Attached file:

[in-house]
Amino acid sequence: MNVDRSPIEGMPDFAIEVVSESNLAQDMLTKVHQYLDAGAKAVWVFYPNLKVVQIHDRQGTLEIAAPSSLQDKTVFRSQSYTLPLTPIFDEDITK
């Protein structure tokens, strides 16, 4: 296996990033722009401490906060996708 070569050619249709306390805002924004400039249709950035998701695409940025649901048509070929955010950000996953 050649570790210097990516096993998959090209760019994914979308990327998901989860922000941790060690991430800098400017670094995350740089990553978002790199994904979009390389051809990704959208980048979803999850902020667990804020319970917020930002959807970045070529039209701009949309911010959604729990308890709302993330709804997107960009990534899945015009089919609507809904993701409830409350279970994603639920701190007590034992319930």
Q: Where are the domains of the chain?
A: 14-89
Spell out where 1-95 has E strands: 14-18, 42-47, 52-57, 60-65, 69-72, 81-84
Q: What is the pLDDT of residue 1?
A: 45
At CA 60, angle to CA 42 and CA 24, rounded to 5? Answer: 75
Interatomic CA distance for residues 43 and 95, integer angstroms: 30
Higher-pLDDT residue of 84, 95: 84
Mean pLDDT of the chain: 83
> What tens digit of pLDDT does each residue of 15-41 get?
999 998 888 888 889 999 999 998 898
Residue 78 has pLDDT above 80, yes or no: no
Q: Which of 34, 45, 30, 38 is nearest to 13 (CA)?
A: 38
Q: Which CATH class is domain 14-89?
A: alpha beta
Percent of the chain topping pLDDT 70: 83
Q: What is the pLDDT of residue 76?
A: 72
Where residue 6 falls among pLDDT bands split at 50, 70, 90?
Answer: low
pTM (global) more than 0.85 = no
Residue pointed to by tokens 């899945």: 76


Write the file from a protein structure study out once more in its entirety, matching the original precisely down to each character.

[in-house]
Amino acid sequence: MNVDRSPIEGMPDFAIEVVSESNLAQDMLTKVHQYLDAGAKAVWVFYPNLKVVQIHDRQGTLEIAAPSSLQDKTVFRSQSYTLPLTPIFDEDITK
């Protein structure tokens, strides 16, 4: 296996990033722009401490906060996708 070569050619249709306390805002924004400039249709950035998701695409940025649901048509070929955010950000996953 050649570790210097990516096993998959090209760019994914979308990327998901989860922000941790060690991430800098400017670094995350740089990553978002790199994904979009390389051809990704959208980048979803999850902020667990804020319970917020930002959807970045070529039209701009949309911010959604729990308890709302993330709804997107960009990534899945015009089919609507809904993701409830409350279970994603639920701190007590034992319930």
Q: Where are the domains of the chain?
A: 14-89
Spell out where 1-95 has E strands: 14-18, 42-47, 52-57, 60-65, 69-72, 81-84
Q: What is the pLDDT of residue 1?
A: 45
At CA 60, angle to CA 42 and CA 24, rounded to 5? Answer: 75
Interatomic CA distance for residues 43 and 95, integer angstroms: 30
Higher-pLDDT residue of 84, 95: 84
Mean pLDDT of the chain: 83
> What tens digit of pLDDT does each residue of 15-41 get?
999 998 888 888 889 999 999 998 898
Residue 78 has pLDDT above 80, yes or no: no
Q: Which of 34, 45, 30, 38 is nearest to 13 (CA)?
A: 38
Q: Which CATH class is domain 14-89?
A: alpha beta
Percent of the chain topping pLDDT 70: 83
Q: What is the pLDDT of residue 76?
A: 72
Where residue 6 falls among pLDDT bands split at 50, 70, 90?
Answer: low
pTM (global) more than 0.85 = no
Residue pointed to by tokens 């899945």: 76